The Real Origin Of Valentine’s Day
Catholic Mythology has it that Valentine’s Day started with St. Valentine, a Roman who is purported to have lived one thousand, seven hundred years ago.
That’s a load of poppycock. For one thing, no one really knows who St. Valentine was, or if he really existed.
There is less known about St. Valentine than what is known about King Arthur and Robin Hood. The name Valentinus was taken from a list of Christian martyrs that was written down over a hundred years after their supposed martyrdom. It is, therefore, likely that the list was at least partially contrived for political reasons. That’s all the basis there is for the legends of St. Valentine. Geoffrey Chaucer invented much of the rest out of whole cloth, about a thousand years after St. Valentine is supposed to have lived.
The association of February 14 with romantic love in fact has ancient roots going all the way back to the pre-Christian Roman empire, in a two-day festival of Juno Fructifier and Lupercalia. This festival was devoted to fertility, and included an ancient equivalent of the key parties of the 1970s. Young women would put slips of paper with their names into a box, and young men would then reach in and take one slip each. The pairs would become then become sexual partners for a day, or perhaps longer, if the chemistry was right. Juno was also celebrated during the festival in her incarnation as Lupa, the wolf who suckled Romulus and Remus, the twins who founded Rome.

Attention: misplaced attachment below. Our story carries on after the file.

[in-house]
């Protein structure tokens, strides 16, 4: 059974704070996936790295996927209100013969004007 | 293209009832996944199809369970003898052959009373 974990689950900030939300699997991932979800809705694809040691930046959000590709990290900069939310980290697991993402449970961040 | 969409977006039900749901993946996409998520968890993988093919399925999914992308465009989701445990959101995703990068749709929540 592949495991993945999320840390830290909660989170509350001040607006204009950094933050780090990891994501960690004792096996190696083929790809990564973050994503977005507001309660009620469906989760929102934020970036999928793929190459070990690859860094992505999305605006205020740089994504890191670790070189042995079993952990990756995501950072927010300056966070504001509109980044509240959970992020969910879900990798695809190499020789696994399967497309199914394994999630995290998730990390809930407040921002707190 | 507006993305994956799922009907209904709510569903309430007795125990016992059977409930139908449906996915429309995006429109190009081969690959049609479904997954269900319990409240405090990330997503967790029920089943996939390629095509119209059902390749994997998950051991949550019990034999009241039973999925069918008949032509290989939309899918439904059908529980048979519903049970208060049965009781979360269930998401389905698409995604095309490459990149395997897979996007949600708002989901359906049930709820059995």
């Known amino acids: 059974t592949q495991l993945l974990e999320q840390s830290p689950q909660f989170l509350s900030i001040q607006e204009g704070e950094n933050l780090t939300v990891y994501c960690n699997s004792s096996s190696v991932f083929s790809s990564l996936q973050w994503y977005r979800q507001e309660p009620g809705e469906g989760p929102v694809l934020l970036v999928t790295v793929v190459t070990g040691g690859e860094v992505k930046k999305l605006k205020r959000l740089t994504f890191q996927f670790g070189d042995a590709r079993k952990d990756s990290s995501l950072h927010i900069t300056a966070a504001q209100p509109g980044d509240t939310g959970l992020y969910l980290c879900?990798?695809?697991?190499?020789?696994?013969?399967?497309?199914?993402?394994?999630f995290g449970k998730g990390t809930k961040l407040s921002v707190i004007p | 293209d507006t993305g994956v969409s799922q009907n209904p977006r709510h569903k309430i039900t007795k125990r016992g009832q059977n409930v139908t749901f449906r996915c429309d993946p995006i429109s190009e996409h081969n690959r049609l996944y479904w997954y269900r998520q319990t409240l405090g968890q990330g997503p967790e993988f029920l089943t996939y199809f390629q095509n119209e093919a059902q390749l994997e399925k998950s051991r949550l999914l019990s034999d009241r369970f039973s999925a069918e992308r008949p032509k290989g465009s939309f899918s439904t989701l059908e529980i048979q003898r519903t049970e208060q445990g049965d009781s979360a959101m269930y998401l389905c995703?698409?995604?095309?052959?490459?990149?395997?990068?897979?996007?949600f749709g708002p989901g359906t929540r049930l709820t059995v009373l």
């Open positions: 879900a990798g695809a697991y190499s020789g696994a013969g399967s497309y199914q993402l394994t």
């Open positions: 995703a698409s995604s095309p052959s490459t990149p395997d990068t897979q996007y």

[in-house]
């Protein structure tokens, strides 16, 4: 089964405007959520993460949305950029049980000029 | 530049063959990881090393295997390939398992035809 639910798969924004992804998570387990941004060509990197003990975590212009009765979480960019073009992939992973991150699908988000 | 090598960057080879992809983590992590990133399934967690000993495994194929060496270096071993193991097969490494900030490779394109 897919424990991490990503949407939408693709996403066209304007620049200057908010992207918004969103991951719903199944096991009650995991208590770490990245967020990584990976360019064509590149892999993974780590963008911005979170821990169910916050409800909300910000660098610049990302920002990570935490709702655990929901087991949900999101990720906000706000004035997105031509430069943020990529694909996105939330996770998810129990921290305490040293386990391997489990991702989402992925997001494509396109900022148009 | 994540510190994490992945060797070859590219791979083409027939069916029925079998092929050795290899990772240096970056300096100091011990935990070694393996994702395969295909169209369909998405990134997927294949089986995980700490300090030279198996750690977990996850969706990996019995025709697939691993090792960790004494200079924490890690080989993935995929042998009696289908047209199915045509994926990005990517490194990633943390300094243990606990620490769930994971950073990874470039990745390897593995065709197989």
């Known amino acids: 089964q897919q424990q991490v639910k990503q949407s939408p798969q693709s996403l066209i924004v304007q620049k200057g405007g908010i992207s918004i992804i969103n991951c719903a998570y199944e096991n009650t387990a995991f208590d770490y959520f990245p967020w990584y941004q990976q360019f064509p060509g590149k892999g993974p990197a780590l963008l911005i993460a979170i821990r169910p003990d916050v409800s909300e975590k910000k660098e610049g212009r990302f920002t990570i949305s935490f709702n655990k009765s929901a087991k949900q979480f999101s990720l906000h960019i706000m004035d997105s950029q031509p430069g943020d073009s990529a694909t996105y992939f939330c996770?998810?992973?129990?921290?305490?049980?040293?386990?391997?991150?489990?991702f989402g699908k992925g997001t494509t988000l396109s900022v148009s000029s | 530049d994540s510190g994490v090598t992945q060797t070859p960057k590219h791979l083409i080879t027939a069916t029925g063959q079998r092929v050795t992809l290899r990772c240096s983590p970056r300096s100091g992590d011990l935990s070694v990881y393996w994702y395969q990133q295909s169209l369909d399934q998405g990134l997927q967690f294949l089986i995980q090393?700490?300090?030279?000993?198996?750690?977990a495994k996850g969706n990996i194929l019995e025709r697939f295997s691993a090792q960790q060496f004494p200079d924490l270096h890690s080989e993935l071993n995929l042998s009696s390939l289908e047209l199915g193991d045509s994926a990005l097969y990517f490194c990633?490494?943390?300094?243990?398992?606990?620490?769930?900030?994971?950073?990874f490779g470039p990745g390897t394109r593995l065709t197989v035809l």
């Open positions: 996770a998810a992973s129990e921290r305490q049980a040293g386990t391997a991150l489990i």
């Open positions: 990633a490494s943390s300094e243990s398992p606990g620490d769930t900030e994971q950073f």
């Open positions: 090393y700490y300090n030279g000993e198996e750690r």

It is said that Pope Gelasius tried to replace this ancient festival with a new ritual in which young people drew the name of a Christian saint on February 14, and attempted to emulate the virtues of that saint for a year, though this may be legend as well. Whatever the twists and turns in the threads of historical connection between then and now, it’s clear that the association of February 14 with love and sex predates anyone carrying the name of Valentine.